Friday, 11 October 2013
Positive Money’s ideas and Modern Monetary Theory are joined at the hip.
One of the leading lights of MMT, Warren Mosler, suggested that the only liability government should issue is money (monetary base to be exact). I.e. he suggests that government issue no interest paying debt (see 2nd last paragraph here).
That amounts to saying that the central bank base rate should be permanently held at zero – a point which Warren argued in more detail here.
But that in turn implies that adjustments to aggregate demand (AD) should be made by fiscal means rather than monetary means (like interest rate adjustments), and there is much to be said for that. For example, an interest rate cut (or QE) channel stimulus into an economy JUST VIA investment. That makes as much sense as channelling stimulus into an economy just via restaurants, theatres, and subsidised electricity and . . . add a few other sectors of the economy or products you like - at random.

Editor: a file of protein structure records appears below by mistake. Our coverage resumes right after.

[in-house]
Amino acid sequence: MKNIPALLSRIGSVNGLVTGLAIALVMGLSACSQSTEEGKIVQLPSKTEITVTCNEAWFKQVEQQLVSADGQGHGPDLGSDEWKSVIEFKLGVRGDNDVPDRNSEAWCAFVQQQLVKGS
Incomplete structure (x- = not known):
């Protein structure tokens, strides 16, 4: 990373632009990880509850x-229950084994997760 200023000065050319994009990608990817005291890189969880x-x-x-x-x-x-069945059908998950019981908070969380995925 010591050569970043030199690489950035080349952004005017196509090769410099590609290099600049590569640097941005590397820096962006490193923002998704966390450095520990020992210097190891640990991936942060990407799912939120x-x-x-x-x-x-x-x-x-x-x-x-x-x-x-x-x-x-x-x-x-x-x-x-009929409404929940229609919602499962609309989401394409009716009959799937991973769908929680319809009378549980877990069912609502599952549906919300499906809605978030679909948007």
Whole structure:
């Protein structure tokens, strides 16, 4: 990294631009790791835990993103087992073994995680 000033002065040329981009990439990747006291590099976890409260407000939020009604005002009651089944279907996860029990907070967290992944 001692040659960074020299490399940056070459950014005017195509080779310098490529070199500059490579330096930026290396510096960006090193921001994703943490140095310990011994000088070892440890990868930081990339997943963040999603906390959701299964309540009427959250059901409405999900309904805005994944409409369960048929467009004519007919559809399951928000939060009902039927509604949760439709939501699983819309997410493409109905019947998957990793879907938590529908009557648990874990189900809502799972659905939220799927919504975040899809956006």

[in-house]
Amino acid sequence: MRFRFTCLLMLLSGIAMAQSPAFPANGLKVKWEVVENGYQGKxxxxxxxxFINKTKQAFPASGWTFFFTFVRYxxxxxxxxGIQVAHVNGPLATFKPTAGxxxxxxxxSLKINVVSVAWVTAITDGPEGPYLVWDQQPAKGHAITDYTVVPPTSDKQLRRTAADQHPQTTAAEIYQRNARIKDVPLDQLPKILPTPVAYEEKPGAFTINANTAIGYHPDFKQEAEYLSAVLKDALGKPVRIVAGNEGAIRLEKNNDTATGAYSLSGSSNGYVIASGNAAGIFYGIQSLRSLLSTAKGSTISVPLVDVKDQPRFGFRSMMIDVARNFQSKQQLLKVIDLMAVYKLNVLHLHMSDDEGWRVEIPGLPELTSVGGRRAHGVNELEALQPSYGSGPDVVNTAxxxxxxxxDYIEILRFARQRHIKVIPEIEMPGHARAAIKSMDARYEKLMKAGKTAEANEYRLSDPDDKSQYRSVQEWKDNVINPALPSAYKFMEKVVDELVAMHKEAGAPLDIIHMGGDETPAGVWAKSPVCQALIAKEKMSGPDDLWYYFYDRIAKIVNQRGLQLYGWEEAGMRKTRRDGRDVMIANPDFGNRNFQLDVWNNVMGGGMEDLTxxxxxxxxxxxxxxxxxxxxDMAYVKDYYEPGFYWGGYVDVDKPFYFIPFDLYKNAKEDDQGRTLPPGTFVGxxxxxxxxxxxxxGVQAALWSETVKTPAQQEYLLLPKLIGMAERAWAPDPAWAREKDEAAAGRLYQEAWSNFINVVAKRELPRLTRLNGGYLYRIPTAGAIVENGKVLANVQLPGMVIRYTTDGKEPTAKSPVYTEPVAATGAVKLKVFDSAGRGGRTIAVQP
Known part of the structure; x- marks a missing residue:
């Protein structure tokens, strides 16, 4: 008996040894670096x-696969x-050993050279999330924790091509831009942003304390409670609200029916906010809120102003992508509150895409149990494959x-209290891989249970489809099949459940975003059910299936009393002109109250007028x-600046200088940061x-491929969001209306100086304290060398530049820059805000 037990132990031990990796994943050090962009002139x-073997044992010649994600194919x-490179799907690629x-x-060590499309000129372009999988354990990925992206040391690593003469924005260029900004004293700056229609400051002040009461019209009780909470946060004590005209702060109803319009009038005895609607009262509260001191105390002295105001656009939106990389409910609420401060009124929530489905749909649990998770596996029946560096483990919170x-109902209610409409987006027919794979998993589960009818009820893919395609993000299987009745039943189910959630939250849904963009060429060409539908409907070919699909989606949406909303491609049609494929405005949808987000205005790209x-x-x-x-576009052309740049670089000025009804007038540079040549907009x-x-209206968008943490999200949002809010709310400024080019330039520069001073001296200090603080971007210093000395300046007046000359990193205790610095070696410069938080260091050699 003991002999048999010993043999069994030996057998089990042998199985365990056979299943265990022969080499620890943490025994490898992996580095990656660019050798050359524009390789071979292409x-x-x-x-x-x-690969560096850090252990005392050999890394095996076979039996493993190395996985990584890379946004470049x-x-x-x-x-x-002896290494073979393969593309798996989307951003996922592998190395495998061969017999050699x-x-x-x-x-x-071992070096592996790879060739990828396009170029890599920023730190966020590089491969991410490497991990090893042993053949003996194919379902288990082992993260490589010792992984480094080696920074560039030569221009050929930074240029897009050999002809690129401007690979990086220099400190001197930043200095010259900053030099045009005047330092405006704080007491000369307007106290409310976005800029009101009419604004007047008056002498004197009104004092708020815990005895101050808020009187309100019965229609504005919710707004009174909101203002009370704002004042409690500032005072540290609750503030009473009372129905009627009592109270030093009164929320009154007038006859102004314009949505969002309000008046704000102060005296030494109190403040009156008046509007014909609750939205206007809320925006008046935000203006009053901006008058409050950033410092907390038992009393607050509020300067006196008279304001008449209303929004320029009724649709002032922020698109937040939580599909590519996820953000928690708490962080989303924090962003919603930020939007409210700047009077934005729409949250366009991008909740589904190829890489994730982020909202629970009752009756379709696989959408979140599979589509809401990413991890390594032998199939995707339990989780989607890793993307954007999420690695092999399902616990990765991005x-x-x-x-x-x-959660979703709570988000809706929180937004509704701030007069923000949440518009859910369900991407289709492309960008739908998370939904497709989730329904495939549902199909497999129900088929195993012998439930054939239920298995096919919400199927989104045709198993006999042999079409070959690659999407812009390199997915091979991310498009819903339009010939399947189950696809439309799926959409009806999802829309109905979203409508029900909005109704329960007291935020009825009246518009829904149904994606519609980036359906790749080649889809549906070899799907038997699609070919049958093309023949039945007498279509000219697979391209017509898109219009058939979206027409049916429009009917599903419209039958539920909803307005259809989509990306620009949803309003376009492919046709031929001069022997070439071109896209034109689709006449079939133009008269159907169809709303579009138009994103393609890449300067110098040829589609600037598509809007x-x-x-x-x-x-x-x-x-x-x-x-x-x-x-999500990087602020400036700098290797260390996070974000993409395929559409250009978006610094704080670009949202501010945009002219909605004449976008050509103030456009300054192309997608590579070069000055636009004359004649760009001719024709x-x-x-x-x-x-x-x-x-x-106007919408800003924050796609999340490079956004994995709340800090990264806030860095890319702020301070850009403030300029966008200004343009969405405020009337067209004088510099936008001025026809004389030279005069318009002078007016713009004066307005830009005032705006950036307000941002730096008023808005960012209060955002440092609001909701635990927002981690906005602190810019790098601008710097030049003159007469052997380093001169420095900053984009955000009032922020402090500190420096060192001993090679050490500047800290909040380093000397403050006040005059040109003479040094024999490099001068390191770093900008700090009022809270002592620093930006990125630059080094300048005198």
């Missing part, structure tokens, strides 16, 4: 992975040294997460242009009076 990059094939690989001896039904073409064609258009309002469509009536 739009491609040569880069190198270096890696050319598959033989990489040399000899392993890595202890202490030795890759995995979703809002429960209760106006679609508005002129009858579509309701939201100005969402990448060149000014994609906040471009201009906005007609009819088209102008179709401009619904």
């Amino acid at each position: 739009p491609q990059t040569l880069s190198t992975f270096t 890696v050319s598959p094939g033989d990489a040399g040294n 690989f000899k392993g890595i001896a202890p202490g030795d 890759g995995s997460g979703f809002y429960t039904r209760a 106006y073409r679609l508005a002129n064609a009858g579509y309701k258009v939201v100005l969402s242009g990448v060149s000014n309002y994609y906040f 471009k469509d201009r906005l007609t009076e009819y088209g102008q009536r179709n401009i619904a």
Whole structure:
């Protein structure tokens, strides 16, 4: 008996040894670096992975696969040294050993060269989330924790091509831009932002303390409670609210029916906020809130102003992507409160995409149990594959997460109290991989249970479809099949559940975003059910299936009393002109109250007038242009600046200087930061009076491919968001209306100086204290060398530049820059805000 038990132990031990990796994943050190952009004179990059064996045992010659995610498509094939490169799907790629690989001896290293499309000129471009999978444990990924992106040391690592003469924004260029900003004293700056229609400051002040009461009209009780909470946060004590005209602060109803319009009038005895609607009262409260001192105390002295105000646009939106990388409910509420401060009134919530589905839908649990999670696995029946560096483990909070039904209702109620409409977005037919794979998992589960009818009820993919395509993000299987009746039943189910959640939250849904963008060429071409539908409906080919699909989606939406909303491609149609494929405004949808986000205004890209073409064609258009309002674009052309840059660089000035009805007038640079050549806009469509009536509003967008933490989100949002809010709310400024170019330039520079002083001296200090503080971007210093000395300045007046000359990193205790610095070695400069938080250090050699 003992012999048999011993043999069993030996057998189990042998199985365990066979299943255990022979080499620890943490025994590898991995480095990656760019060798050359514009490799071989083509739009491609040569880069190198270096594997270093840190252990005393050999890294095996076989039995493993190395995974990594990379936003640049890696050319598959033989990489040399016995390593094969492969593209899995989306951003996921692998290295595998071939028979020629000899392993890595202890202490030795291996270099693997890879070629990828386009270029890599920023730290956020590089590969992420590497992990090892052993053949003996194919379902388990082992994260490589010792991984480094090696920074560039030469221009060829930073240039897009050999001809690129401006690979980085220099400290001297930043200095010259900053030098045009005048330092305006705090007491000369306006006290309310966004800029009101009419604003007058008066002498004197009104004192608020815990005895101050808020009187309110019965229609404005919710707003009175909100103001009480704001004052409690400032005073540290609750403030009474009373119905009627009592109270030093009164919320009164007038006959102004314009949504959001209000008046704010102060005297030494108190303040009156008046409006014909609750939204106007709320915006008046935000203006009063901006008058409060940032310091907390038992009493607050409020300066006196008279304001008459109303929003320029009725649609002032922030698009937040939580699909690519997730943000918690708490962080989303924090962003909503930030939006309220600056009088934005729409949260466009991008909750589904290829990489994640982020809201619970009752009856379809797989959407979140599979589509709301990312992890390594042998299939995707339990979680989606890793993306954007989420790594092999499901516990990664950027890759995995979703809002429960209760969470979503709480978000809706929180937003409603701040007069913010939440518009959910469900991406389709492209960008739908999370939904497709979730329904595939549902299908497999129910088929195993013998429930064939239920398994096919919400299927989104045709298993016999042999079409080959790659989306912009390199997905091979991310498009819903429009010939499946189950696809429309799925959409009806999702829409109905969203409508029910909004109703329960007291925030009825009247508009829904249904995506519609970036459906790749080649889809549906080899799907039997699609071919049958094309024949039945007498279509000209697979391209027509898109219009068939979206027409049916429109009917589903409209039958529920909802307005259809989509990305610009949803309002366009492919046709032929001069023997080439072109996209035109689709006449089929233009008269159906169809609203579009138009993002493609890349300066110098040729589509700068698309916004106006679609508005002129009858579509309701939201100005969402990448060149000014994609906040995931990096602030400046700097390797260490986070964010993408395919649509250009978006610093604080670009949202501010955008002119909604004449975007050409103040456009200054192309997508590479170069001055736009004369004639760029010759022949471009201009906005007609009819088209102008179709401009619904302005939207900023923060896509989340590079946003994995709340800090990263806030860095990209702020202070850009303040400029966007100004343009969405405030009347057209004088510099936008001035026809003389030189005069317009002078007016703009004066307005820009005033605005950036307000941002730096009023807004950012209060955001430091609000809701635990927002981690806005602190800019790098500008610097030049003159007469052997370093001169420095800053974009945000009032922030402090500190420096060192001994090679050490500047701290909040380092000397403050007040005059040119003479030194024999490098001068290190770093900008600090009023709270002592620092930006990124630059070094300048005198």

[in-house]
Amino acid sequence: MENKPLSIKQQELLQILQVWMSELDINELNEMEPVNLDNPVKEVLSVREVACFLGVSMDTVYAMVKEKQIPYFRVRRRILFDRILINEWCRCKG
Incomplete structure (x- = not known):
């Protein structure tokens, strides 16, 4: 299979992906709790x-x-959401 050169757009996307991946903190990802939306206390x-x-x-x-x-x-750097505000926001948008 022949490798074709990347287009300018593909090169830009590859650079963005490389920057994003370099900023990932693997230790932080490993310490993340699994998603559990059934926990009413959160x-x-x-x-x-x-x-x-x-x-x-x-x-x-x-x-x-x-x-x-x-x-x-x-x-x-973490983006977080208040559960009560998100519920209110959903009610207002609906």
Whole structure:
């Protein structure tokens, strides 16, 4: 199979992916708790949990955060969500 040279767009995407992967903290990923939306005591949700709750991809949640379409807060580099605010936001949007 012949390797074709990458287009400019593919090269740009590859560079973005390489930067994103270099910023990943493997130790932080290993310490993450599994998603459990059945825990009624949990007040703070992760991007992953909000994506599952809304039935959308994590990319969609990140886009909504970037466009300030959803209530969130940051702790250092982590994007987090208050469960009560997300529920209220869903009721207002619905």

But adjusting AD just via fiscal measures means we need a quicker method of doing that adjustment than we have at the moment: in particular, we don’t want to have to wait while politicians spend months debating the pros and cons of various types of government spending (and/or tax cuts) before stimulus is effected. But at the same time, we do want the electorate and politicians to retain control of strictly political decisions, like what proportion of GDP is allocated to public spending and how that spending is split between education, defence, etc. How to square that circle?
Well the solution is set out in a publication authored by Positive Money, Richard Werner and the New Economics Foundation. And the solution is easy: let politicians decide whatever they want in respect of the above POLITICAL points. But when it comes to the DEFICIT, leave that in the hands of a committee of economists. And if those economists thought that £Xbn of stimulus was in order over the next six months, they’d say to politicians, “Here’s your £Xbn. Do what you want with it, but we advise that stimulus spending is spread FAIRLY WIDELY: concentrating the spending on just a few products or sectors of the economy will result in distortions or wild gyrations in spending on those areas.”